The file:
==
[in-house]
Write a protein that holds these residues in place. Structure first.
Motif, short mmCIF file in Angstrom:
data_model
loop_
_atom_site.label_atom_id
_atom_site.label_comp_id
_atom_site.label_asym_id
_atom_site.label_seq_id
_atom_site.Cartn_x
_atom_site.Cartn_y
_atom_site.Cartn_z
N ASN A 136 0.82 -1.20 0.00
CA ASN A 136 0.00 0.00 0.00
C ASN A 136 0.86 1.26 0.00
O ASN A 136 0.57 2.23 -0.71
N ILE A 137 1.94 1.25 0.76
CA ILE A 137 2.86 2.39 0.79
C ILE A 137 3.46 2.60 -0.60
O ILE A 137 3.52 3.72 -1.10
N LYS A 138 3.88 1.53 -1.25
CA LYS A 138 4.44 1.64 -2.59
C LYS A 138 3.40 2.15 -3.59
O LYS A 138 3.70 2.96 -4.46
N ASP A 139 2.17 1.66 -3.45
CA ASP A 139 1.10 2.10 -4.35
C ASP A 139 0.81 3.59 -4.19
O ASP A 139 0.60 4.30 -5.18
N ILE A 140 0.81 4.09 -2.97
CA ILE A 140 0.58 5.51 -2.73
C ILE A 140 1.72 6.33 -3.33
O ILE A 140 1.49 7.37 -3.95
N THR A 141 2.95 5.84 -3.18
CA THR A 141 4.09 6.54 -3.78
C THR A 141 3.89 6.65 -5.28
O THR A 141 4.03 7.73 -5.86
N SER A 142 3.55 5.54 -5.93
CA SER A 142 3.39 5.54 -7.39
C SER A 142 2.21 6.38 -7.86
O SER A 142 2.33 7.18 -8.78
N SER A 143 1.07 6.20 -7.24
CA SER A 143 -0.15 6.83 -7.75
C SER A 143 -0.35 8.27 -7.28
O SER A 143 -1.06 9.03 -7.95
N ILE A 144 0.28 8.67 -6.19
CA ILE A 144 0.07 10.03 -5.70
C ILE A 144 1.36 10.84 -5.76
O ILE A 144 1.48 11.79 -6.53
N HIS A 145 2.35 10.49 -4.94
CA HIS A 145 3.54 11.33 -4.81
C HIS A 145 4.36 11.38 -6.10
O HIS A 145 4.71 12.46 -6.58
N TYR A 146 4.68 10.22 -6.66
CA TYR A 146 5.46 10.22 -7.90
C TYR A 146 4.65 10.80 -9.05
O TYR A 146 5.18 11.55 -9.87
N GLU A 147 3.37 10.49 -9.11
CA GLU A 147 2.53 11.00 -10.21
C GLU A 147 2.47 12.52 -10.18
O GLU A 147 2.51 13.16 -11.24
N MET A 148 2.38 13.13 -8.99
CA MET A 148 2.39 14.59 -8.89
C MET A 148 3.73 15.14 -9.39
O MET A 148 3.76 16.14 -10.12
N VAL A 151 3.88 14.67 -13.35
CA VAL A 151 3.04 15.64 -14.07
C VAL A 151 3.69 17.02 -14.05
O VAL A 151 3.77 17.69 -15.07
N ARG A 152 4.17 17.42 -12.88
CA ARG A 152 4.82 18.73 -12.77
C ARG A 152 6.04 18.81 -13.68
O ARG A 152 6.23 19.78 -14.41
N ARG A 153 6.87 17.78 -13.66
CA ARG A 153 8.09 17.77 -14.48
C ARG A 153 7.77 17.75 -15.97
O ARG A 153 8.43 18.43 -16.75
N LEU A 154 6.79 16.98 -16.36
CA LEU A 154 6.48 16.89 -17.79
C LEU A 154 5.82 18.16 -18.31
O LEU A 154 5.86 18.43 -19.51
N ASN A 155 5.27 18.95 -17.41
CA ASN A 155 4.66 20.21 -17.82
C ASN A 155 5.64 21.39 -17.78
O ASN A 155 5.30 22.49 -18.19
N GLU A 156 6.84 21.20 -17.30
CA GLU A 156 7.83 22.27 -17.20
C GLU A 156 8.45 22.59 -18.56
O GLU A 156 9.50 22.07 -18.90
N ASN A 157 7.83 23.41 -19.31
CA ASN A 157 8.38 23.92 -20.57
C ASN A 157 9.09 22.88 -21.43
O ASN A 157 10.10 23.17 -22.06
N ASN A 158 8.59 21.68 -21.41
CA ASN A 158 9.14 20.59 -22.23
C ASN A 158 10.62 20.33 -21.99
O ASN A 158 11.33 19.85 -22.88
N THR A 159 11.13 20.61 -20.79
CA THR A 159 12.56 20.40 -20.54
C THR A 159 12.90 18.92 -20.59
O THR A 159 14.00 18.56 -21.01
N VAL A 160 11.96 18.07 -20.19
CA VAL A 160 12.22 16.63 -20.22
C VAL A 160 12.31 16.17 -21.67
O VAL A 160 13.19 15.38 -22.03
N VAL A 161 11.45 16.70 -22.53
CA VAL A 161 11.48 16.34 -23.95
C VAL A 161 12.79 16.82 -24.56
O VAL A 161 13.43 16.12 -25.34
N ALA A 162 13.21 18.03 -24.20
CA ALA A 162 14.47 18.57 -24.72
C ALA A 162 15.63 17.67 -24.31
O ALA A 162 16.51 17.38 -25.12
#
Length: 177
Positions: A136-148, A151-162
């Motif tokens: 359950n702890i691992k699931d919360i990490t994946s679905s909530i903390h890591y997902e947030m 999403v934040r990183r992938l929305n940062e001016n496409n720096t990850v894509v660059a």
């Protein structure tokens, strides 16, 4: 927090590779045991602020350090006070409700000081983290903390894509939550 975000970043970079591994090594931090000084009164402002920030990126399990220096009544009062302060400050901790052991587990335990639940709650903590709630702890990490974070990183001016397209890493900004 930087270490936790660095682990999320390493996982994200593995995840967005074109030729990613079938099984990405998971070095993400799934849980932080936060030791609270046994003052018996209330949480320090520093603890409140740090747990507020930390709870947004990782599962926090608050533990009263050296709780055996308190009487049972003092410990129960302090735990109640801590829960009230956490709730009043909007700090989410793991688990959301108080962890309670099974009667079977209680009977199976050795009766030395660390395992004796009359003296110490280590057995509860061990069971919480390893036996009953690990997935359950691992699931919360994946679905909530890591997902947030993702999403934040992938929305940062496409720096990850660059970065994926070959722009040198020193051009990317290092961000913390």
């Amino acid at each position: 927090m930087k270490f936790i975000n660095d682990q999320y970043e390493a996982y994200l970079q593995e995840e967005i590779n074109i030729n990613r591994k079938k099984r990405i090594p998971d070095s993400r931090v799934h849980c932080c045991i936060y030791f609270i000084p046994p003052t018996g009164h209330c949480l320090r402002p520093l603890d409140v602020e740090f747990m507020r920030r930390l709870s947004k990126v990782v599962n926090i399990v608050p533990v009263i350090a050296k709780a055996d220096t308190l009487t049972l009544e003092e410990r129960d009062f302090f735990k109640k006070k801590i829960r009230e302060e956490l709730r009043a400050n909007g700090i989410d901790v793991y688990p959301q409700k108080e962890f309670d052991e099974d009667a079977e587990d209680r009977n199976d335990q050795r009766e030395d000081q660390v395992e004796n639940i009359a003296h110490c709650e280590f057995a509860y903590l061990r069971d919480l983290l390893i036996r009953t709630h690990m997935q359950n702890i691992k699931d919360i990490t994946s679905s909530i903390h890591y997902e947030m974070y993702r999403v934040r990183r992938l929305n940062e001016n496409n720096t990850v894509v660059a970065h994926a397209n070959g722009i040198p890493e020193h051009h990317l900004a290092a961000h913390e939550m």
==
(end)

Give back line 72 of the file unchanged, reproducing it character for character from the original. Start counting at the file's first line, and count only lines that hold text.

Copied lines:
O ARG A 152 6.23 19.78 -14.41